Backed by US airstrikes, Kurdish Peshmerga and Shi’ite militias swept into the Turkomen town of Amerli over the weekend, ending the ISIS siege of the town and giving US officials a chance to pat themselves on the back about the “liberation.”
Yet the complex ethnic and religious lines along which Iraq is divided mean that no town can simply be retaken without having huge consequences. Amerli may be “liberated,” but the move puts Sunni Arab villages nearby directly in the crosshairs of the militias the US airstrikes helped enter the area.
That’s not something that should be surprising. Shi’ite militias have been particularly brutal in Sunni neighborhoods they’ve taken closer to Baghdad, believing the locals are pro-ISIS, and with some of these villages formerly used as ISIS staging areas, revenge killings are a real possibility.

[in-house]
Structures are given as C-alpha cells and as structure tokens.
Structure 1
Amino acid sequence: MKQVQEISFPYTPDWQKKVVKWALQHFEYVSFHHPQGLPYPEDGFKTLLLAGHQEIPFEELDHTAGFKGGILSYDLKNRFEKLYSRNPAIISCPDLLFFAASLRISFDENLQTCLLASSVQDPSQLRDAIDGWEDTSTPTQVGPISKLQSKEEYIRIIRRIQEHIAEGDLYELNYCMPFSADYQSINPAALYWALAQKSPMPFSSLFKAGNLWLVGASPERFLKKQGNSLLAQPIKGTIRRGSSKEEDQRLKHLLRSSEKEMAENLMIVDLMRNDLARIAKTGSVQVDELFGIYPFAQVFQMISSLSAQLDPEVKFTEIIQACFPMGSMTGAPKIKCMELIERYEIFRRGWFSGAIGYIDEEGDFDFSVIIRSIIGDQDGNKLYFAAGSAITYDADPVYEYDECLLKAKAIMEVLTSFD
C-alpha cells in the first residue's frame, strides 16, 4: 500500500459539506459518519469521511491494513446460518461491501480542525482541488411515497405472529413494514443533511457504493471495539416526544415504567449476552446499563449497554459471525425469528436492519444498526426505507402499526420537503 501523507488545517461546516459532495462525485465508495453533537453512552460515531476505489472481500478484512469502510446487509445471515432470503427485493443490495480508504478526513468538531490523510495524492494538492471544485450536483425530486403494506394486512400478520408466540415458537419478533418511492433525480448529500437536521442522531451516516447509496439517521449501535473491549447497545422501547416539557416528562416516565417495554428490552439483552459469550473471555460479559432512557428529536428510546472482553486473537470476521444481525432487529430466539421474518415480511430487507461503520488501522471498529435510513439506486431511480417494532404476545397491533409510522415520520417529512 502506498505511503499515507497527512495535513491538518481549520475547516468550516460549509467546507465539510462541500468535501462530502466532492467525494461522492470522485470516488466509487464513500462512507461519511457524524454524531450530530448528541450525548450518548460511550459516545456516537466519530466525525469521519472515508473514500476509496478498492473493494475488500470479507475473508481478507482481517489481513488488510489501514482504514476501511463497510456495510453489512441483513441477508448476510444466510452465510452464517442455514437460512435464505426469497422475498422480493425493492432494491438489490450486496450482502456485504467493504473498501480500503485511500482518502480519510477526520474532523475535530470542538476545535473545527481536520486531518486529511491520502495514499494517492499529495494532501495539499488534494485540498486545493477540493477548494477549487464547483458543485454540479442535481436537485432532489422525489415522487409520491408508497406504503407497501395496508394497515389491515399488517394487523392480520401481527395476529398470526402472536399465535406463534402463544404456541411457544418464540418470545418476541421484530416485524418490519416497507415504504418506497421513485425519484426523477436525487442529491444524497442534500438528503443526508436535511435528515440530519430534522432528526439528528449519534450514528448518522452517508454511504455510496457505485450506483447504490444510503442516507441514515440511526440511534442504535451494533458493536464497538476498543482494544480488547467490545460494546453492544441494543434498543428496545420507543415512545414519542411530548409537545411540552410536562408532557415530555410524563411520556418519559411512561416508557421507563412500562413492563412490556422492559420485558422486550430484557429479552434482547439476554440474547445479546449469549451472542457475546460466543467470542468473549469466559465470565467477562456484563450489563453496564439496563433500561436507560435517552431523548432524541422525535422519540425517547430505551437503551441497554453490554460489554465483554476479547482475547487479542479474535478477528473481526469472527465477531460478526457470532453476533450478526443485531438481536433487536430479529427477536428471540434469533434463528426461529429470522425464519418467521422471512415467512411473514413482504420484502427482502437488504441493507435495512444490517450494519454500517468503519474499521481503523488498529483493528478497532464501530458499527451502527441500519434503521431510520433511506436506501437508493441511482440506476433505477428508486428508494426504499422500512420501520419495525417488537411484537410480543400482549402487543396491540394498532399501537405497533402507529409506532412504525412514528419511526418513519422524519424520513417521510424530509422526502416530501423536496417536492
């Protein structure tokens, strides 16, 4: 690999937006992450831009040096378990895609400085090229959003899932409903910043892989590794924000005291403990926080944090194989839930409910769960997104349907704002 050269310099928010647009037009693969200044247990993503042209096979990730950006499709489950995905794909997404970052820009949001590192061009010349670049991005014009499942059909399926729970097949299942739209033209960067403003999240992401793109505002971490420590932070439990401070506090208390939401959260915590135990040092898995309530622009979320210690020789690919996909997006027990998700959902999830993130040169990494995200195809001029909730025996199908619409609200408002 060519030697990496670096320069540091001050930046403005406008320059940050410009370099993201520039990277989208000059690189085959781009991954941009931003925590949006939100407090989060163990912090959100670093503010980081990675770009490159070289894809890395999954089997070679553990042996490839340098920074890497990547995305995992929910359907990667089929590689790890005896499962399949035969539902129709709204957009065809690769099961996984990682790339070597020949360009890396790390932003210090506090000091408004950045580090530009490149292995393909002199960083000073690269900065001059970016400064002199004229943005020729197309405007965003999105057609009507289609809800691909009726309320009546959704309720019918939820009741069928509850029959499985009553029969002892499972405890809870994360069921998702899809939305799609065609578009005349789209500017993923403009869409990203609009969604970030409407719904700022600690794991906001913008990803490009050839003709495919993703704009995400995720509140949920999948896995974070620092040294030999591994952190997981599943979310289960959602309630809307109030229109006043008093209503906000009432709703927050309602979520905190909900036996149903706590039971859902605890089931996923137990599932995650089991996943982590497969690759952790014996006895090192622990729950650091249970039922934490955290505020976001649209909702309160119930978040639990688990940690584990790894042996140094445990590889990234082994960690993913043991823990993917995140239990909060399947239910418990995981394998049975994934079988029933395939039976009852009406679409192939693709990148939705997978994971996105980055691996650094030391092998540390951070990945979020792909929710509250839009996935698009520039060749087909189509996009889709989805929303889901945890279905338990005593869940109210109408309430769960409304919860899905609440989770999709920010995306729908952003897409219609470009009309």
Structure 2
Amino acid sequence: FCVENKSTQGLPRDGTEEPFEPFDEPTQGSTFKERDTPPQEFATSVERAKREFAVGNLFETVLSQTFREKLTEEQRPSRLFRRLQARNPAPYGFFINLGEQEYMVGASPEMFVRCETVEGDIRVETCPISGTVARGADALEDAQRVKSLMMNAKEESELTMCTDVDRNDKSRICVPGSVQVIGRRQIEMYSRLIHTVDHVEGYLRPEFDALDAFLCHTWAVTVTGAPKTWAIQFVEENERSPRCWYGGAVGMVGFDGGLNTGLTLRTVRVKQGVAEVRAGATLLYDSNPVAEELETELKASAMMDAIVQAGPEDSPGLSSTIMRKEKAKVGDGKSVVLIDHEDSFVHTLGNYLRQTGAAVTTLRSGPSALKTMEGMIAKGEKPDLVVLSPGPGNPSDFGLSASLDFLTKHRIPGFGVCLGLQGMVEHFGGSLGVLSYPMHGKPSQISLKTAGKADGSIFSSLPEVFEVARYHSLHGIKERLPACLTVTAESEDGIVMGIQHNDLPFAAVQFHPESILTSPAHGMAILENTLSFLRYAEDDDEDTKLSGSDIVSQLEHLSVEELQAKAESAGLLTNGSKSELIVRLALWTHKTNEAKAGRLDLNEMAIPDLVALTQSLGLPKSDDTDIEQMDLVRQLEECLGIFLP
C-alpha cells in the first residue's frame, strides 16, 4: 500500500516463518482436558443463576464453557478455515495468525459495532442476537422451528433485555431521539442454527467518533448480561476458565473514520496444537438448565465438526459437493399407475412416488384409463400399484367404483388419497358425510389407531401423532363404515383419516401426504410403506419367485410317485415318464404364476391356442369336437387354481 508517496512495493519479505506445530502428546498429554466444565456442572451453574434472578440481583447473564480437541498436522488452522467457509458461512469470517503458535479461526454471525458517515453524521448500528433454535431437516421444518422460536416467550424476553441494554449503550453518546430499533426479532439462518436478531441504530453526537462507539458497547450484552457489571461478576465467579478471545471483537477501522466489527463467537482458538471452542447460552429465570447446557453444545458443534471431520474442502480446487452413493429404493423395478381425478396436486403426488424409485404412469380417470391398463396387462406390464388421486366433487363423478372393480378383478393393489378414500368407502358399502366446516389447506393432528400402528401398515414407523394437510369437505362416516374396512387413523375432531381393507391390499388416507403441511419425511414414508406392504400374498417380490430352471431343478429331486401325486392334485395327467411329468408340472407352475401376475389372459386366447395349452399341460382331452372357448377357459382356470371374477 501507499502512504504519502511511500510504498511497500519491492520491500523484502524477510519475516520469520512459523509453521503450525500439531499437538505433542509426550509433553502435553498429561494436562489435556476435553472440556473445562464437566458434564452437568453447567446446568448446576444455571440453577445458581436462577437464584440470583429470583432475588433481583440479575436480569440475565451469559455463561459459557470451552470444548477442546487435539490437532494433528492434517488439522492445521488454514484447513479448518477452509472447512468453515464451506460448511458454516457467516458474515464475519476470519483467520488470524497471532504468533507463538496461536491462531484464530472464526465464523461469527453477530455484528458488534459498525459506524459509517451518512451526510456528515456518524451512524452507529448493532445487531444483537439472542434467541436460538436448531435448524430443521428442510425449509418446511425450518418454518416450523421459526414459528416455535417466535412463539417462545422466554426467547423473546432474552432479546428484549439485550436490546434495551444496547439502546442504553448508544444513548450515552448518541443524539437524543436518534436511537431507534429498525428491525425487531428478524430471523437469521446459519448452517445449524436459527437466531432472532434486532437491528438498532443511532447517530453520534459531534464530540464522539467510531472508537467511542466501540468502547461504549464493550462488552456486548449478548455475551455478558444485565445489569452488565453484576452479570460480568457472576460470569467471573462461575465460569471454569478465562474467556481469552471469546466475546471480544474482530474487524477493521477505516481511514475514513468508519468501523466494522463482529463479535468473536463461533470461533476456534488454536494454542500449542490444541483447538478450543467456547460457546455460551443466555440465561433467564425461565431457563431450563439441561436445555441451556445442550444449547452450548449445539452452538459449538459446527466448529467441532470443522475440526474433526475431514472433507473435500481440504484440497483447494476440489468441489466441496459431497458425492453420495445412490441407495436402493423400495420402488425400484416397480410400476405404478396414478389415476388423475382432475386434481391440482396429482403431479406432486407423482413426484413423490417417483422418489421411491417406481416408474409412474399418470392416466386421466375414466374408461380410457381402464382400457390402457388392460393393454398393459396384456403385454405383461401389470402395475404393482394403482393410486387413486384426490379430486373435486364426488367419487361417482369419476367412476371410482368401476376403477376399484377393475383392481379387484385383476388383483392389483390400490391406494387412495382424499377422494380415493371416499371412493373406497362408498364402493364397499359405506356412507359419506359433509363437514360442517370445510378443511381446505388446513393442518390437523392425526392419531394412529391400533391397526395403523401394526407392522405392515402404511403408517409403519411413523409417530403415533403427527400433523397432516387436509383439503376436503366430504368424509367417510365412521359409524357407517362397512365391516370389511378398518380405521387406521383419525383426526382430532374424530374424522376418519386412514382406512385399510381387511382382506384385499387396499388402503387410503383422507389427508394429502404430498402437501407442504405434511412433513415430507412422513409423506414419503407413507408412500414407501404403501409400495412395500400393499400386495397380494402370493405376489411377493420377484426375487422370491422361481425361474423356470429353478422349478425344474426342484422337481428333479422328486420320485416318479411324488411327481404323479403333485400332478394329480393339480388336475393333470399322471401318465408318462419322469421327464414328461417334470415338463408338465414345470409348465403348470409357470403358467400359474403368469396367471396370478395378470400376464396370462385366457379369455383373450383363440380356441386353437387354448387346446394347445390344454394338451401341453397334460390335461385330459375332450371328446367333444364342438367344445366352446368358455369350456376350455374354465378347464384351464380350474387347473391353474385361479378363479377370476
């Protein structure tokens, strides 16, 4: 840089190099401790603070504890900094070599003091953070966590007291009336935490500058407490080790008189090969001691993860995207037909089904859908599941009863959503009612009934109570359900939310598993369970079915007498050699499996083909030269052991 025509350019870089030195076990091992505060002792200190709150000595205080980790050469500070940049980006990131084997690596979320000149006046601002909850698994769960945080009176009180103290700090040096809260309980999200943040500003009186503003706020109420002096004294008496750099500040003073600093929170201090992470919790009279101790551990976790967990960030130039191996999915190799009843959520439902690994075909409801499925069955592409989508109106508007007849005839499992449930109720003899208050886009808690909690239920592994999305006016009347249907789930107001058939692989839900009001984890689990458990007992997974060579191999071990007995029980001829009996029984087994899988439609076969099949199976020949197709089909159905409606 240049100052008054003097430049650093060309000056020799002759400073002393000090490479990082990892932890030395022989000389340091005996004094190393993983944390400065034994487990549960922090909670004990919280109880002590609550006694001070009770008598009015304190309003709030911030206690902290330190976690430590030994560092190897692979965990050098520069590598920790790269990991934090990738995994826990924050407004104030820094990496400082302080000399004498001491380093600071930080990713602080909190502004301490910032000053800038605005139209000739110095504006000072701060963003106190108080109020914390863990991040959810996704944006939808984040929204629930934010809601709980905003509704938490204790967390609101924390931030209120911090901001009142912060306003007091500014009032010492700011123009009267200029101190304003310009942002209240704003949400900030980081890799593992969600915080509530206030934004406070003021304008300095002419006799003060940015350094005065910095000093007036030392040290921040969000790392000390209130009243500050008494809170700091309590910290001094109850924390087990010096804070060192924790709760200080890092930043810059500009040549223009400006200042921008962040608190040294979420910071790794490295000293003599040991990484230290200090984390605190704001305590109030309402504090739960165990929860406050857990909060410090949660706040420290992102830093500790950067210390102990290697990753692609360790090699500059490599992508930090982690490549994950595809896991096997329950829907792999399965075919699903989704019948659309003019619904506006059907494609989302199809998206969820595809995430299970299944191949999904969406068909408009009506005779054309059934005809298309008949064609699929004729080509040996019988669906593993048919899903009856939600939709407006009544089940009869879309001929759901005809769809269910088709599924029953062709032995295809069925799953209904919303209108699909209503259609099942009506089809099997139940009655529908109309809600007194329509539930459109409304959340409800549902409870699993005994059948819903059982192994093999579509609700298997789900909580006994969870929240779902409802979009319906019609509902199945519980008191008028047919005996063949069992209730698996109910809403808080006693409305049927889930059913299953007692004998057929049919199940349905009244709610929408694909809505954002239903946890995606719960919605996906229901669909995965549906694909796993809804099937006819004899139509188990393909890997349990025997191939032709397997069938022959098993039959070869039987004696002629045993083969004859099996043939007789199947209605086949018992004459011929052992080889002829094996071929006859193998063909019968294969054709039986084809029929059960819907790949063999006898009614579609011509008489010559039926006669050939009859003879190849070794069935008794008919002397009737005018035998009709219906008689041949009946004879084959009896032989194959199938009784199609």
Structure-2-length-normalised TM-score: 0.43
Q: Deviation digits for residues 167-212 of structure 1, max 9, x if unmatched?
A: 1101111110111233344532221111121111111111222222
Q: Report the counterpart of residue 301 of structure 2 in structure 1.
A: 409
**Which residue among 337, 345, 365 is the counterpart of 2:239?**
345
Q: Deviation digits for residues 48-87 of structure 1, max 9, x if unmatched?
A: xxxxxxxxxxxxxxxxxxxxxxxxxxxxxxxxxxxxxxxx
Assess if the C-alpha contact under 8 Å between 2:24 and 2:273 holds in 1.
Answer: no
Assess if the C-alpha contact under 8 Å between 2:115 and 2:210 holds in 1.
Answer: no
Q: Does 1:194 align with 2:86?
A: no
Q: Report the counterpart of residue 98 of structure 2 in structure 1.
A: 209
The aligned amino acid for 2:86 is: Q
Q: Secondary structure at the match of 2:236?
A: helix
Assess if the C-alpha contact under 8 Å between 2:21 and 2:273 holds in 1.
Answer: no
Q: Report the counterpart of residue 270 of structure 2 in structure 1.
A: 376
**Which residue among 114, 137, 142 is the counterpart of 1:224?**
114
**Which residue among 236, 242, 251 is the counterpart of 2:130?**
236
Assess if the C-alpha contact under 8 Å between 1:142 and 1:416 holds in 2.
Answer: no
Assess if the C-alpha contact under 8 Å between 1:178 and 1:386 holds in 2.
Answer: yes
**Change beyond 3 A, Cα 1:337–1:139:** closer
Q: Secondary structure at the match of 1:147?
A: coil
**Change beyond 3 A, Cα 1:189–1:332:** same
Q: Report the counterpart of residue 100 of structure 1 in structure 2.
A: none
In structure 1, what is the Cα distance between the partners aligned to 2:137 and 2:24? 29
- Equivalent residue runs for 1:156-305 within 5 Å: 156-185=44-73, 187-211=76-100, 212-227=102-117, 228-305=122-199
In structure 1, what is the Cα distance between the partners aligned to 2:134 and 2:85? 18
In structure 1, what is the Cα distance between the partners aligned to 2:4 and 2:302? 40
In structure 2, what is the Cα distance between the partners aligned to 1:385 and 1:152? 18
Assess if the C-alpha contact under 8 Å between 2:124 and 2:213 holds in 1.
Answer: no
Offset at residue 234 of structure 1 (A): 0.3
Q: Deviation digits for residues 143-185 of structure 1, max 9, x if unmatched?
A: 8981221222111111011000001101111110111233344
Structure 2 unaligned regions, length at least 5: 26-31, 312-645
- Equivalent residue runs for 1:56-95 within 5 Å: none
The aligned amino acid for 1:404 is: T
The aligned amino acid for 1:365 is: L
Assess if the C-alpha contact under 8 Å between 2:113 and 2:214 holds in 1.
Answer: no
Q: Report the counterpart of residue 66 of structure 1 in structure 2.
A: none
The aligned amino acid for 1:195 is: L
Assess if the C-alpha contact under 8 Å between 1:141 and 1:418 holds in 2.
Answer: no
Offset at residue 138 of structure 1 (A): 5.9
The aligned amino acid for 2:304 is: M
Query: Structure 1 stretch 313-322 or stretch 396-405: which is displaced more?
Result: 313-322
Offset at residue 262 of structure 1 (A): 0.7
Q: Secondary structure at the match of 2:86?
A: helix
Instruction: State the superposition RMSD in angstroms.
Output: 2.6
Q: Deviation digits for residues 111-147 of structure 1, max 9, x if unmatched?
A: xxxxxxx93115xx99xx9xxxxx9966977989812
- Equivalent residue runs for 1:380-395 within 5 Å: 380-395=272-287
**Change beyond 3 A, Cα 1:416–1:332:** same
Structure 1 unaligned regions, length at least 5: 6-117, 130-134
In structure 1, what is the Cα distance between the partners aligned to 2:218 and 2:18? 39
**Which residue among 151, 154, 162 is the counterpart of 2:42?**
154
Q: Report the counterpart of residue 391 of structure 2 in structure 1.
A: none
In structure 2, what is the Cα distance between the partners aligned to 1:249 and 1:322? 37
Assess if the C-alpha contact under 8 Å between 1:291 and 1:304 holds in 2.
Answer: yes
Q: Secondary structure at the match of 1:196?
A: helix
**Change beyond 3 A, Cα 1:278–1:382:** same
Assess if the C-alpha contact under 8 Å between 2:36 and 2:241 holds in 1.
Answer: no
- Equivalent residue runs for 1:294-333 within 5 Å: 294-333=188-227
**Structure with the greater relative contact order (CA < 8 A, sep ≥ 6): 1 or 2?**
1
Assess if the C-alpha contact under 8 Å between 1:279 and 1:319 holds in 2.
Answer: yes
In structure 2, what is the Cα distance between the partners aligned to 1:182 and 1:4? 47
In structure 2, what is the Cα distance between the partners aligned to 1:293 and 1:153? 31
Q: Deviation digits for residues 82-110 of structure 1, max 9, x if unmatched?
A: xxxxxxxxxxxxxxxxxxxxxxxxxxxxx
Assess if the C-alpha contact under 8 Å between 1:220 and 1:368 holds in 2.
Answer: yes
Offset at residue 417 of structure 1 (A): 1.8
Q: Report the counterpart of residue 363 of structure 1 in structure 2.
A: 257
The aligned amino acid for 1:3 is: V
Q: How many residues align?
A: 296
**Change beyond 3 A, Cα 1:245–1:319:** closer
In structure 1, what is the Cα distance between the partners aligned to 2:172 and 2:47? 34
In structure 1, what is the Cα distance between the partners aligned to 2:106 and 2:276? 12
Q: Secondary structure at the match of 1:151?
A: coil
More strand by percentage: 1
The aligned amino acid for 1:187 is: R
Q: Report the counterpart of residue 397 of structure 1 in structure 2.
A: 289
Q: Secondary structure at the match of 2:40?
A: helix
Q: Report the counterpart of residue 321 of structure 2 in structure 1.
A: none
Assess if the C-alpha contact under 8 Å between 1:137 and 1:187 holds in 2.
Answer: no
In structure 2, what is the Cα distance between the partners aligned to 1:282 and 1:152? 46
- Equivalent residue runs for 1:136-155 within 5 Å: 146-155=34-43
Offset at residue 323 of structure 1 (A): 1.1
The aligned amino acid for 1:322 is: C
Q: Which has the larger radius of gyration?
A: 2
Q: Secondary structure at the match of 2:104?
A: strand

That’s been both a primary cause an ongoing problem with this latest Iraqi War, as the pro-government militias, and the Iraqi military itself, have been hostile toward the Sunni Arab minority nationwide, and have responded to the growing unrest among them with violent crackdowns. The vicious cycle continues.
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